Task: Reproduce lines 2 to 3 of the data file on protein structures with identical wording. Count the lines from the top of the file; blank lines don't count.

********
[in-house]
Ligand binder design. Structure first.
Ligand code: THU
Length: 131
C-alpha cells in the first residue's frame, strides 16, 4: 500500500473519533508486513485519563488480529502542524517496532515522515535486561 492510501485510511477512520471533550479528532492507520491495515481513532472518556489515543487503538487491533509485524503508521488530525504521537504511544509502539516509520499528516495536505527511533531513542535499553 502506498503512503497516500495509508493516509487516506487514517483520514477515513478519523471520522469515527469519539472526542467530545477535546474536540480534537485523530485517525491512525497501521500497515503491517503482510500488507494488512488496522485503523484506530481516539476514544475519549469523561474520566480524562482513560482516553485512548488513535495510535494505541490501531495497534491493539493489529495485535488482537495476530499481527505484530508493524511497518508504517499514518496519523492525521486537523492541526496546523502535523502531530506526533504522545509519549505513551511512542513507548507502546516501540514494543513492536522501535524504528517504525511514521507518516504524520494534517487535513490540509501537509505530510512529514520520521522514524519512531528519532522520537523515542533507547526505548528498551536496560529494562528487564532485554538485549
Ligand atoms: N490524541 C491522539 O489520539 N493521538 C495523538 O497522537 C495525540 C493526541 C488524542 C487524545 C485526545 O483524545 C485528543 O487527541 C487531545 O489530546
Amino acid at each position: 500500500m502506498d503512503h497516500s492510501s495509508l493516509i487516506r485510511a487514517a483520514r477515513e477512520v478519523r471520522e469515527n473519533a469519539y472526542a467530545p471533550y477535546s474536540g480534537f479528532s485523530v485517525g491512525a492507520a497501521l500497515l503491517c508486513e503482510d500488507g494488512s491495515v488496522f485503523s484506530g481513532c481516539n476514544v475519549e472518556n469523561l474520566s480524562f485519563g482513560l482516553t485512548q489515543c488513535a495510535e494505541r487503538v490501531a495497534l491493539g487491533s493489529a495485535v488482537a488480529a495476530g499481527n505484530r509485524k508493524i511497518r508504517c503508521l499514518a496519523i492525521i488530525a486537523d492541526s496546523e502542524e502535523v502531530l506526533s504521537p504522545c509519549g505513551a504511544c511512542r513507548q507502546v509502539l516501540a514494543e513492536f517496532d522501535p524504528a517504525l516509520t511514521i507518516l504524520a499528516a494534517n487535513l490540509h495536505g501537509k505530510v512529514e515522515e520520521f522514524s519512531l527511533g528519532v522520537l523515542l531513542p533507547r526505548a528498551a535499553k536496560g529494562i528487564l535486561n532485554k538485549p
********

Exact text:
Ligand binder design. Structure first.
Ligand code: THU